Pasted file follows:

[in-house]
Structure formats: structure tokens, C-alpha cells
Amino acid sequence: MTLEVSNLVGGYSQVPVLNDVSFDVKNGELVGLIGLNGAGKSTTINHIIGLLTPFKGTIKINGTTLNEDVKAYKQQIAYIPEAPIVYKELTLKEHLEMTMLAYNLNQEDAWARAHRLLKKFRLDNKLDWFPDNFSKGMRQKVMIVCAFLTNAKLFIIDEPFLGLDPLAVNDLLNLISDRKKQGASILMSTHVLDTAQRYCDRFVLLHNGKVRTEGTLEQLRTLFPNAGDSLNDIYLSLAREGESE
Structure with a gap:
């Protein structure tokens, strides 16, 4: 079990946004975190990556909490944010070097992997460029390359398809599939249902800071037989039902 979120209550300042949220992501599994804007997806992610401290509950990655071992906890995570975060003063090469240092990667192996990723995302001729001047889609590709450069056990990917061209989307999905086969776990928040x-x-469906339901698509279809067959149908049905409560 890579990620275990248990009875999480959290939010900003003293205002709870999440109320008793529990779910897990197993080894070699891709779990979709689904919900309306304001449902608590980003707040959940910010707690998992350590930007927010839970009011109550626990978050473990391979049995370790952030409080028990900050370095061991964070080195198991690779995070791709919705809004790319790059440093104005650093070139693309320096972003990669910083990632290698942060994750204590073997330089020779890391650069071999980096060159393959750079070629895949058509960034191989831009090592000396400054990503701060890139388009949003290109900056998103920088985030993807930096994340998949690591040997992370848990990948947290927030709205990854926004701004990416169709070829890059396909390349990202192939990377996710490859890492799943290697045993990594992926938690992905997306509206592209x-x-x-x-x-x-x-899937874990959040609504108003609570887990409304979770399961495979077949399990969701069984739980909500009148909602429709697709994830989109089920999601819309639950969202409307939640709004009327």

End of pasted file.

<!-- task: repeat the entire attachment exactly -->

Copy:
[in-house]
Structure formats: structure tokens, C-alpha cells
Amino acid sequence: MTLEVSNLVGGYSQVPVLNDVSFDVKNGELVGLIGLNGAGKSTTINHIIGLLTPFKGTIKINGTTLNEDVKAYKQQIAYIPEAPIVYKELTLKEHLEMTMLAYNLNQEDAWARAHRLLKKFRLDNKLDWFPDNFSKGMRQKVMIVCAFLTNAKLFIIDEPFLGLDPLAVNDLLNLISDRKKQGASILMSTHVLDTAQRYCDRFVLLHNGKVRTEGTLEQLRTLFPNAGDSLNDIYLSLAREGESE
Structure with a gap:
């Protein structure tokens, strides 16, 4: 079990946004975190990556909490944010070097992997460029390359398809599939249902800071037989039902 979120209550300042949220992501599994804007997806992610401290509950990655071992906890995570975060003063090469240092990667192996990723995302001729001047889609590709450069056990990917061209989307999905086969776990928040x-x-469906339901698509279809067959149908049905409560 890579990620275990248990009875999480959290939010900003003293205002709870999440109320008793529990779910897990197993080894070699891709779990979709689904919900309306304001449902608590980003707040959940910010707690998992350590930007927010839970009011109550626990978050473990391979049995370790952030409080028990900050370095061991964070080195198991690779995070791709919705809004790319790059440093104005650093070139693309320096972003990669910083990632290698942060994750204590073997330089020779890391650069071999980096060159393959750079070629895949058509960034191989831009090592000396400054990503701060890139388009949003290109900056998103920088985030993807930096994340998949690591040997992370848990990948947290927030709205990854926004701004990416169709070829890059396909390349990202192939990377996710490859890492799943290697045993990594992926938690992905997306509206592209x-x-x-x-x-x-x-899937874990959040609504108003609570887990409304979770399961495979077949399990969701069984739980909500009148909602429709697709994830989109089920999601819309639950969202409307939640709004009327």